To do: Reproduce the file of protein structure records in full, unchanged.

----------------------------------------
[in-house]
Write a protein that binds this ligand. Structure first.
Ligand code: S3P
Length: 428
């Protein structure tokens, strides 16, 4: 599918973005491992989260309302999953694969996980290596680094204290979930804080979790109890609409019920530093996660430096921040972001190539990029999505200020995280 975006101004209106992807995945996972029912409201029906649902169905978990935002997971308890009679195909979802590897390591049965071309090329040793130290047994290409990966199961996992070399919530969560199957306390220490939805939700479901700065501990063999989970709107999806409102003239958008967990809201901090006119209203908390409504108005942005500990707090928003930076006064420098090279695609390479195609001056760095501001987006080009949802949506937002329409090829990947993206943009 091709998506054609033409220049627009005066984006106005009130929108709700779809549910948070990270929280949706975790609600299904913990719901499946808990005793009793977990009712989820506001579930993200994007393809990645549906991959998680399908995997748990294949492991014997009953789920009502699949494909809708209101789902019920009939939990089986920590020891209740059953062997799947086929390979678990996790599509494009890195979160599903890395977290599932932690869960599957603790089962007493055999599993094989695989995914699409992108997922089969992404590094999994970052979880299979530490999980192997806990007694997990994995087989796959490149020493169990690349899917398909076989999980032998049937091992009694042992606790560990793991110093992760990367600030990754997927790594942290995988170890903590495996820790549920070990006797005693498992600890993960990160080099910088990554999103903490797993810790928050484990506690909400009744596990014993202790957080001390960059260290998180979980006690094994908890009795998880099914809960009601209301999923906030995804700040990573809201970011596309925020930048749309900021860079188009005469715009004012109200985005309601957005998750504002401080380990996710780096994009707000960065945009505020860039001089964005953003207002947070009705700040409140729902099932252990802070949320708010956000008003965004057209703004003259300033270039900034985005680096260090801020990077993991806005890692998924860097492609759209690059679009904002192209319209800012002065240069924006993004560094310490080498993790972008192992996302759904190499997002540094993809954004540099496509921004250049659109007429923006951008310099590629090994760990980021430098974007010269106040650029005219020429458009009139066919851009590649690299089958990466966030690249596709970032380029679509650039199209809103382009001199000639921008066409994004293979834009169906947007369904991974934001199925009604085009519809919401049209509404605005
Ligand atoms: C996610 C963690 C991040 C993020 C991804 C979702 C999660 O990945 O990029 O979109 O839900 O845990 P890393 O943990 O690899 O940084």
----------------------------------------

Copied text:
[in-house]
Write a protein that binds this ligand. Structure first.
Ligand code: S3P
Length: 428
């Protein structure tokens, strides 16, 4: 599918973005491992989260309302999953694969996980290596680094204290979930804080979790109890609409019920530093996660430096921040972001190539990029999505200020995280 975006101004209106992807995945996972029912409201029906649902169905978990935002997971308890009679195909979802590897390591049965071309090329040793130290047994290409990966199961996992070399919530969560199957306390220490939805939700479901700065501990063999989970709107999806409102003239958008967990809201901090006119209203908390409504108005942005500990707090928003930076006064420098090279695609390479195609001056760095501001987006080009949802949506937002329409090829990947993206943009 091709998506054609033409220049627009005066984006106005009130929108709700779809549910948070990270929280949706975790609600299904913990719901499946808990005793009793977990009712989820506001579930993200994007393809990645549906991959998680399908995997748990294949492991014997009953789920009502699949494909809708209101789902019920009939939990089986920590020891209740059953062997799947086929390979678990996790599509494009890195979160599903890395977290599932932690869960599957603790089962007493055999599993094989695989995914699409992108997922089969992404590094999994970052979880299979530490999980192997806990007694997990994995087989796959490149020493169990690349899917398909076989999980032998049937091992009694042992606790560990793991110093992760990367600030990754997927790594942290995988170890903590495996820790549920070990006797005693498992600890993960990160080099910088990554999103903490797993810790928050484990506690909400009744596990014993202790957080001390960059260290998180979980006690094994908890009795998880099914809960009601209301999923906030995804700040990573809201970011596309925020930048749309900021860079188009005469715009004012109200985005309601957005998750504002401080380990996710780096994009707000960065945009505020860039001089964005953003207002947070009705700040409140729902099932252990802070949320708010956000008003965004057209703004003259300033270039900034985005680096260090801020990077993991806005890692998924860097492609759209690059679009904002192209319209800012002065240069924006993004560094310490080498993790972008192992996302759904190499997002540094993809954004540099496509921004250049659109007429923006951008310099590629090994760990980021430098974007010269106040650029005219020429458009009139066919851009590649690299089958990466966030690249596709970032380029679509650039199209809103382009001199000639921008066409994004293979834009169906947007369904991974934001199925009604085009519809919401049209509404605005
Ligand atoms: C996610 C963690 C991040 C993020 C991804 C979702 C999660 O990945 O990029 O979109 O839900 O845990 P890393 O943990 O690899 O940084």